Relief and rage at ‘postcode lottery’

Brain tumour patient Mark Bannister has finally been given the potentially life-extending drug he has been fighting for. Mark is pictured with his wife Karen G120310-1a
Brain tumour patient Mark Bannister has finally been given the potentially life-extending drug he has been fighting for. Mark is pictured with his wife Karen G120310-1a

A FORMER soldier from Gainsborough who was refused potentially life-extending cancer drugs because of where he lives, has finally got the treatment he needs.

Mark Bannister, 37, of Springfield Close, is battling a brain tumour which surgery, radiotherapy and chemotherapy have failed to halt.

Brain tumour patient Mark Bannister has finally been given the potentially life-extending drug he has been fighting for. Mark is pictured with his wife Karen G120310-1b

Brain tumour patient Mark Bannister has finally been given the potentially life-extending drug he has been fighting for. Mark is pictured with his wife Karen G120310-1b

Cancer drug Avastin can slow tumour growth in some cases, and Mark has been fighting to get it.

“It could add a few months onto my life, and if I don’t try it I’ll never know,” said Mark, who lives with wife Karen and children Sophie, six and Thomas, five.

But the National Institute for Clinical Excellence (NICE) does not currently licence Avastin for prescription by GPs.

So the £21,000 funding must be met by the Cancer Drugs Fund. Each local health authority has an allocated fund to spend on cancer treatments which are otherwise unavailable.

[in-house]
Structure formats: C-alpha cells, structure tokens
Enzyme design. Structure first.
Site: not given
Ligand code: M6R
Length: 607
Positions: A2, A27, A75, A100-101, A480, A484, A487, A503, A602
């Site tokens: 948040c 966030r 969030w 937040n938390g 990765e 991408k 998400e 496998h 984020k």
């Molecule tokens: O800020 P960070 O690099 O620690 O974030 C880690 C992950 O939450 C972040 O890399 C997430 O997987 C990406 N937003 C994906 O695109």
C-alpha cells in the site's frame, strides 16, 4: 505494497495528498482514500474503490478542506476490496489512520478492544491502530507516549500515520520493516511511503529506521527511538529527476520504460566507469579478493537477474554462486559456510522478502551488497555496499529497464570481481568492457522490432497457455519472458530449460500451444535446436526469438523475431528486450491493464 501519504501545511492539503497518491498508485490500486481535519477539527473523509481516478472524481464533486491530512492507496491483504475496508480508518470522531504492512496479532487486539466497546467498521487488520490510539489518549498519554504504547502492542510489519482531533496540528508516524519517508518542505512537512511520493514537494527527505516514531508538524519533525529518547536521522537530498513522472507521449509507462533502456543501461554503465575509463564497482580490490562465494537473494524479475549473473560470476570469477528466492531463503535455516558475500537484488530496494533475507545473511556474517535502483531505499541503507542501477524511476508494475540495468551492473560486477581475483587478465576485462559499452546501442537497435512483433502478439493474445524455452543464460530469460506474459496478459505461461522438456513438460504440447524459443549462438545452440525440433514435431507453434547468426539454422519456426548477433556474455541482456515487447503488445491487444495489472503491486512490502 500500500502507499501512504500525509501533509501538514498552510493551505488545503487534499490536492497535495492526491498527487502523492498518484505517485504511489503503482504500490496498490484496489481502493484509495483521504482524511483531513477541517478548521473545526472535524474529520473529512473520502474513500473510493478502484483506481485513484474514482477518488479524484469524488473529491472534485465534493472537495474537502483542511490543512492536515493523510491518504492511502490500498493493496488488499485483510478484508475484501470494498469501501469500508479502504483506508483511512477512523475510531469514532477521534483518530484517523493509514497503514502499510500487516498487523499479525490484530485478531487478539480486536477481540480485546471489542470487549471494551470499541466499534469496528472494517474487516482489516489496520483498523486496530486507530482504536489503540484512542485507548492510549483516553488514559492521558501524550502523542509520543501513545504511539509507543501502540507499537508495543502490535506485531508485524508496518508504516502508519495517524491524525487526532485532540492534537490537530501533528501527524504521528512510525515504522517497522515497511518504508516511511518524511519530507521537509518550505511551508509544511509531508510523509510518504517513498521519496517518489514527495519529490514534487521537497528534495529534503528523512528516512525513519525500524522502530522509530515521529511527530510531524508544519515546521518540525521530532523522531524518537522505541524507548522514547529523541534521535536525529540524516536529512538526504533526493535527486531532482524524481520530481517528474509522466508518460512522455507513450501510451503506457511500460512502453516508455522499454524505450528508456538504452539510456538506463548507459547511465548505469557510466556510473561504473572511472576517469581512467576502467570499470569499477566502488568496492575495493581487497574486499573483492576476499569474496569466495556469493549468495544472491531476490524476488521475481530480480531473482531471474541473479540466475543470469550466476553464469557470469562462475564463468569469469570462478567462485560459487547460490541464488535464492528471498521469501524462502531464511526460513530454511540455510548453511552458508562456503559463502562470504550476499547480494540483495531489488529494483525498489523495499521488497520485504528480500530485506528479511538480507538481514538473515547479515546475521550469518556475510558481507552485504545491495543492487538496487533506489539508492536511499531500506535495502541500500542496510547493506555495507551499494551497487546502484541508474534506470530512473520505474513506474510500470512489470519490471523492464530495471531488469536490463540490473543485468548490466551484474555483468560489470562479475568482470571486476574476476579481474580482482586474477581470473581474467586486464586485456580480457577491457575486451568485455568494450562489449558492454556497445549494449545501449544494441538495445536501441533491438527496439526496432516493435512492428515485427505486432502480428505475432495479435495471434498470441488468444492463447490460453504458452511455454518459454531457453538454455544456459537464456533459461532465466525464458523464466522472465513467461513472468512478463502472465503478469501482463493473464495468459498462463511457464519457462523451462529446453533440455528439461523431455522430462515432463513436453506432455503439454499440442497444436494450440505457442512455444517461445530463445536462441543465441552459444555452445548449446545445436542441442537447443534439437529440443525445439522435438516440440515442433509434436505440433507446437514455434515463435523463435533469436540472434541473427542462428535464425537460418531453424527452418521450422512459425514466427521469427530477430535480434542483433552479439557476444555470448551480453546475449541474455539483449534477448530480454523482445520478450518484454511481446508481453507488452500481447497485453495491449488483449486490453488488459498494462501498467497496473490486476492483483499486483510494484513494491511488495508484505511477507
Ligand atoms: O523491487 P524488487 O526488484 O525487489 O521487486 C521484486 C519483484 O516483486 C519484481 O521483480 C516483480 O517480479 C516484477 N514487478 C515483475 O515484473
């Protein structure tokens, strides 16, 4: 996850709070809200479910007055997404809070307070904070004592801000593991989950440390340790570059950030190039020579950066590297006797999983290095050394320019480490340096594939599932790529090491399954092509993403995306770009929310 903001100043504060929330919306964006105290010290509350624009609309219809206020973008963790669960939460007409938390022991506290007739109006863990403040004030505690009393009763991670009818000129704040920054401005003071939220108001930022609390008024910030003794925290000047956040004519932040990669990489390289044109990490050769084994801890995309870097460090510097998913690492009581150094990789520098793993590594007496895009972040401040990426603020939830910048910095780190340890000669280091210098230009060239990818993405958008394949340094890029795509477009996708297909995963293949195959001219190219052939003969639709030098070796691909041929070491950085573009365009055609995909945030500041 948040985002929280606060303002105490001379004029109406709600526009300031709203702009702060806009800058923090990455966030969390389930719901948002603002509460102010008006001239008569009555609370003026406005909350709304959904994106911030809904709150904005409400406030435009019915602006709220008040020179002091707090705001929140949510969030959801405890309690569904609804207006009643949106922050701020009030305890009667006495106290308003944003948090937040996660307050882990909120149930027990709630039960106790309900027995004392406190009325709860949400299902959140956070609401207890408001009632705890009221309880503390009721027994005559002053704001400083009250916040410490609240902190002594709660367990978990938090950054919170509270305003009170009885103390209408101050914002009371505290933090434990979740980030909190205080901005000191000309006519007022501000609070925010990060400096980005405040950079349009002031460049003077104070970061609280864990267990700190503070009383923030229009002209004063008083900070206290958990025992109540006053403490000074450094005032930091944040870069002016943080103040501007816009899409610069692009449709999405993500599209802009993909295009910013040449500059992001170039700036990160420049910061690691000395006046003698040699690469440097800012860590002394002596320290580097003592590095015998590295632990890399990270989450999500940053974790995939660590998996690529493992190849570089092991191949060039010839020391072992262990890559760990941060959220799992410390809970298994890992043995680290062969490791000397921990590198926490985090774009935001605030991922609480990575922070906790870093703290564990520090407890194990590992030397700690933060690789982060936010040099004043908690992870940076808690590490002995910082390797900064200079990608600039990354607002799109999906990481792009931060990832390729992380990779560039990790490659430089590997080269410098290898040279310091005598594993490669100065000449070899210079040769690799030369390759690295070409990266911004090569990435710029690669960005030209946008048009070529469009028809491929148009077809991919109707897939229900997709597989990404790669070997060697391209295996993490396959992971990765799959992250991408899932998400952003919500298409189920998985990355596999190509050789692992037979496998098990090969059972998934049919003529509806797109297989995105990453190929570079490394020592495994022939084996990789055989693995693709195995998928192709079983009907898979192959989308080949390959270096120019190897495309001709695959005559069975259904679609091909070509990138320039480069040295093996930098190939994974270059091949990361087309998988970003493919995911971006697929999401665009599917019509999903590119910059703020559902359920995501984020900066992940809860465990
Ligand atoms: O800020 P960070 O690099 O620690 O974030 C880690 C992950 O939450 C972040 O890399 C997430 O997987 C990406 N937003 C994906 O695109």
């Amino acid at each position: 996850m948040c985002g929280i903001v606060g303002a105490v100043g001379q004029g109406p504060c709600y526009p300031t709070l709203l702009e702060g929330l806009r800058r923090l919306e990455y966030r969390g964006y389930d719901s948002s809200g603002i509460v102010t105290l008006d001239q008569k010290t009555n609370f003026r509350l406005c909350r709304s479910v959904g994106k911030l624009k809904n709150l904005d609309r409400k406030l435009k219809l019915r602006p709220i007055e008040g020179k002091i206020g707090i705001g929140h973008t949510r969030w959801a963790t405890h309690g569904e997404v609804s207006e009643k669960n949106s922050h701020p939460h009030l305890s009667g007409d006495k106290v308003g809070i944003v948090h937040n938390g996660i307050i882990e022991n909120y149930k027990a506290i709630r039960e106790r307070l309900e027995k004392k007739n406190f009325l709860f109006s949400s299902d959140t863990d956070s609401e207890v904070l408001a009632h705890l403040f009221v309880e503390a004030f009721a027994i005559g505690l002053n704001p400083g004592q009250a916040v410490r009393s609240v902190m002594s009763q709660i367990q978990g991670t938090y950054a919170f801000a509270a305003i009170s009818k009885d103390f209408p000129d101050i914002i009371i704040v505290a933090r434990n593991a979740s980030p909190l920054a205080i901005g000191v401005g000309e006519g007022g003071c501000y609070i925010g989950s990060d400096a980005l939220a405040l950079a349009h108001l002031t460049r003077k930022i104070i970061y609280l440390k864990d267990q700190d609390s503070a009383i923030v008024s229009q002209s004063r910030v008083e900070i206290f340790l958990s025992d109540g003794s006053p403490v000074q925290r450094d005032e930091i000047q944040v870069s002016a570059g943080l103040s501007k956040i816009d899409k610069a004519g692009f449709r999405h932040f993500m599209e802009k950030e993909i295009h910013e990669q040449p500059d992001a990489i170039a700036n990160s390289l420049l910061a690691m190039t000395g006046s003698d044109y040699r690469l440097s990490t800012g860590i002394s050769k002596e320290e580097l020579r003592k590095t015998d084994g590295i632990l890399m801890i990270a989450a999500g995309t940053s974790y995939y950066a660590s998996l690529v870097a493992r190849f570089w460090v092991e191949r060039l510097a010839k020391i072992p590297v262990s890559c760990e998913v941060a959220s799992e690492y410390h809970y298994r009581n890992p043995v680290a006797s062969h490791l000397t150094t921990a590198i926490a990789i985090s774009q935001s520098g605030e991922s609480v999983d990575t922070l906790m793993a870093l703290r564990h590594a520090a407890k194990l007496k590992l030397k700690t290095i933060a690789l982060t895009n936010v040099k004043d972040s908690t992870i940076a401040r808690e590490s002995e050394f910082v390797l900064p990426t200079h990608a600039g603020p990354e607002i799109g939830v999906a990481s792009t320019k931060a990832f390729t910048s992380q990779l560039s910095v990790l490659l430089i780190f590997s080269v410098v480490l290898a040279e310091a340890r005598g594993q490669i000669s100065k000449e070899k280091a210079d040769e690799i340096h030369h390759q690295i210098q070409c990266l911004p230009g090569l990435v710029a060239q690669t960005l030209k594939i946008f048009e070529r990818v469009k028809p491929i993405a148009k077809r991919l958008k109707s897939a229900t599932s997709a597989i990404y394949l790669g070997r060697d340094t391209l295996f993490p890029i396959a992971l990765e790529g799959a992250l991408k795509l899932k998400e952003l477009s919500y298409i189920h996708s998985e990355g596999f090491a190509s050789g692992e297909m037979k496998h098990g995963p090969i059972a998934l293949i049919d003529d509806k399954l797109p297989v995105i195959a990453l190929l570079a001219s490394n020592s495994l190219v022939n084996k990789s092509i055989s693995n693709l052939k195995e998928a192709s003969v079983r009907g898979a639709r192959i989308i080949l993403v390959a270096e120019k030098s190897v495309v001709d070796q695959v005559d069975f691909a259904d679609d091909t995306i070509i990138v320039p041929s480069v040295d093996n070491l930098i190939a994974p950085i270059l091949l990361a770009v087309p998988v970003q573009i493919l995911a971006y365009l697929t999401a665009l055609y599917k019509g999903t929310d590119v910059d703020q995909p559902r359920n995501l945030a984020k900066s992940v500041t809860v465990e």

NHS East Midlands, which Mark’s GP practice falls under, does not routinely fund Avastin for patients with Mark’s condition.

After six months fighting to get the decision overturned, a panel of experts rejected the appeal in January, stating there was no evidence Mark would benefit from Avastin.

“We were devastated, but we knew what we had to do,” said Karen.

Mark went and registered with a GP in Sheffield, which comes under the Yorkshire and Humber Cancer Drugs Fund.

“Almost immediately the wheels were in motion and I had my application approved within 48 hours,” said Mark.

But it has come at a price. Mark is having to live part time with a friend in Sheffield, to stay registered at the practice.

And the tumour and the stress is taking its toll on his body, causing him to lose movement in his left arm and leg.

“We’re disgusted that this whole postcode lottery situation exists. It’s not right that Mark should be using money from the Yorkshire and Humber Cancer Drugs Fund, which is meant for someone else,” said Karen.

In a letter shown to the Standard by the Bannister family, the chair of the East Midlands Cancer Drugs Fund stated the review panel was ‘perplexed’ as to why Mark did not move practices earlier, as other patients had done.

“I felt insulted to hear this. Not once had anyone told me I could move to another doctor,” said Mark.

Karen said: “We feel cheated that we’ve gone about this the legal way, only to be knocked back and told to do it the illegal way.”

NHS East Midlands said: “We appreciate the decision reached by the East Midlands Cancer Drugs Fund (EM CDF) to not fund Avastin for Mr Bannister and his family is upsetting but would like to stress that it follows thorough consideration by cancer specialists from across the region.”

Andrew Wilson, chief executive of the Rarer Cancers Foundation, which has worked with Mark to try and access Avastin, said the situation was unacceptable.

“This is an unacceptable situation when money in the Cancer Drugs Fund is left unspent. There should be an urgent inquiry into the conduct of NHS East Midlands in this case so that other patients and families do not have to go through the same traumatic experience when they are desperately ill.”